top of page
  • Writer's pictureDominika

Recipe for the smashed cucumber salad (拍黄瓜 pāi ​huáng​guā)

Dear M.,

For the past few weeks the thermometers in Beijing have been reading temperatures over 30°C. Although there have been a few sporadic storms, a scorching heat has been the norm. Naturally, I have spent less time in the kitchen and have rather sought the comfortable shelter of an air-conditioned cool room. It is just not the time to prepare elaborated creations that call for long-simmered stews, heavy soups, puff pastries or tempered chocolate. My last batch of puff pastry came out barely decent, and that was only because I did the folding late at night. Fresher and lighter meals are what most of us crave; and so, cold dishes are a lovely option.

You asked me in your previous letter which Chinese food is my favorite and I have to say that from the vast universe of dishes this country has to offer -impossible to enumerate even if one tried- I like these the most. I feel they are underrated and probably the least known outside of China. Next time you go to your favorite Chinese restaurant back there, please check and see how many will you actually find. I sure couldn’t find many during my last trip to Ecuador.

Vegetables are served raw with special dressings, like longleaf lettuce(油麦菜 yóumàicài), celtuce (莴笋wōsǔn) or kohlrabi (苤蓝piělan). They can be cooked, then cooled and seasoned accordingly, as water chesnuts (马蹄mǎtí), lilly bulbs (百合bǎihé) or lotus roots (藕ǒu). They can also be transformed using one of the many preservation methods giving as a result salty, sweet, sweet and sour or spicy pickles, like the dried radish with green soybean (萝卜干毛豆 luóbo gān máodòu). Cold dishes can also be meat based as the chicken in chili oil (口水鸡 kǒu shuǐ jī), pig’s ears in red oil (紅油豬耳hóng yóu zhū ěr), marinated duck tongues (卤水鸭舌lǔshuǐ yā shé), Dai-style cold chicken (鬼鸡guǐjī) or other cold cuts. Sometimes, although I think less frequently, they can comprise seafood like in the smoked fish in soy sauce Shanghai style (上海熏青鱼Shànghǎi xūn qīngyú), marinated jellyfish and Chinese cabbage in vinaigrette (白菜心拌蜇头 báicài xīn bàn zhétóu), whelks and cucumber (拌海螺 bàn hǎiluó) or sliced kelp in garlic sauce (蒜茸海带丝 suànróng hǎidài sī).

Many are starch based: fern root noodles (蕨根粉jué gēn fěn), rice noodles (米粉mǐfěn), konjac root threads (魔芋móyù), jellies and noodles made out of mung beans, sweet potato or peas starches (凉粉liángfěn), wheat starch (凉粉liángpí), or wheat gluten (麵筋miàn jīn). Others feature the versatile tofu: tofu threads (豆腐丝dòufu sī), silken tofu (冷奴lěngnú), tofu skin (腐竹 fǔ zhú) or smoked tofu (香干xiānggān).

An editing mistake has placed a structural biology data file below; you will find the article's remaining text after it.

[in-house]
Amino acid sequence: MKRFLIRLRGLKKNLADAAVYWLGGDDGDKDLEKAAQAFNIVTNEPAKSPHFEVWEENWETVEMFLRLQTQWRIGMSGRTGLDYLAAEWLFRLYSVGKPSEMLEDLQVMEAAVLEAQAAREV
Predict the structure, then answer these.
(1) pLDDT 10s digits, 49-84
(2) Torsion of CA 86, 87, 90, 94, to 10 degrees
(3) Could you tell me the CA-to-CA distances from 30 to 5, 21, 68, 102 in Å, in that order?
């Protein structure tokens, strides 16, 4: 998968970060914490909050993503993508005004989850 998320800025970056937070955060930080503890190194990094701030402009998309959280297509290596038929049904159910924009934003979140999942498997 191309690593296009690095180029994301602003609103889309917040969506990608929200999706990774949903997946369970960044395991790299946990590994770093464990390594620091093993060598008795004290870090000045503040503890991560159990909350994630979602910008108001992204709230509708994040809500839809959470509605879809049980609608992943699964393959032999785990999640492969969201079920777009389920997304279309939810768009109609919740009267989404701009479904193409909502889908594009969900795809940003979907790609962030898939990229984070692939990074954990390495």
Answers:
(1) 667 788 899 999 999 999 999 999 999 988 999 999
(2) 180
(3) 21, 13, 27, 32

The selection is impressive. In restaurants they are often found in the first section of the menus and are quickly brought to the table as appetizers. Moreover, Ayi has told me that they make a marvelous accompaniment when drinking alcohol-her husband’s favorite being pickled chicken feet and duck tongues. I have a soft spot for all the vegetable based cold dishes, which are usually dressed with vinegar, sesame oil, chilies, soy sauce, sugar, salt, fresh coriander, spring onion; and, an almost insane quantity of raw garlic (but I think we can agree that a bit of raw garlic hasn’t hurt anybody).

Today I am preparing a smashed cucumber salad (拍黄瓜pāi​huáng​guā), with a little twist, namely an addition of sesame paste. I add some Sichuan pepper powder, but if you don’t have the condiment, you can go ahead and just heat the peppercorns in oil in order to extract its flavor. I am attaching the recipe in a separate card, so you can keep it and give it a try when you feel nostalgic of the good old Beijing times.

Please send some pictures and write soon.



  • fresh cucumbers (1kg)

  • 5-6 garlic cloves, finely chopped

  • Green onions (30 gr), finely chopped

  • Coriander, leafs and stalks (30 gr), finely chopped

  • 2 tsp chili powder

  • ½ tsp Sichuan pepper powder

  • 1 tsp Sichuan peppercorns

  • 2 tbsp. sesame paste

  • ½ cup water

  • 2 dried chilies

  • 4 fresh chilies

  • ½ cup oil

  • 2 tbsp. light soy sauce

  • 2 tbsp. black vinegar

  • 1 tsp salt

  • ½ tsp sugar

  • ½ tbsp. sesame oil

  • 2 tbsp. toasted sesame seeds


  1. Smash the cucumbers with a cleaver (or the flat side of a large knife) and then cut them in bite-sized pieces. The cracked pieces have an irregular texture which will help them absorb the dressing. In a large bowl, mix the smashed cucumbers with salt and leave for 10 minutes.

  2. In a smaller bowl, combine the finely cut garlic, Sichuan pepper powder and the fresh and dried chilies.

  3. In another bowl dissolve the sesame paste with water. The amount of water will depend on the consistency of the paste. I added half a cup of cold water in order to get a more liquid consistency.

  4. Meanwhile, preheat a wok on medium-high heat, then lower the heat and add the oil and the Sichuan peppercorns. Continue stirring for a couple of minutes until the oil has absorbed the flavors of the spices and then toss the peppercorns aside. Using a ladle pour the sizzling oil over the garlic mix. Add salt, sugar, the light soy sauce and vinegar. Mix well until all the ingredients are incorporated. Add the sesame paste and sesame oil. Mix well.

  5. Drain the cucumbers, pour the dressing, mix well and garnish with sesame seeds, fresh spring onions and coriander.

57 views0 comments

Recent Posts

See All
bottom of page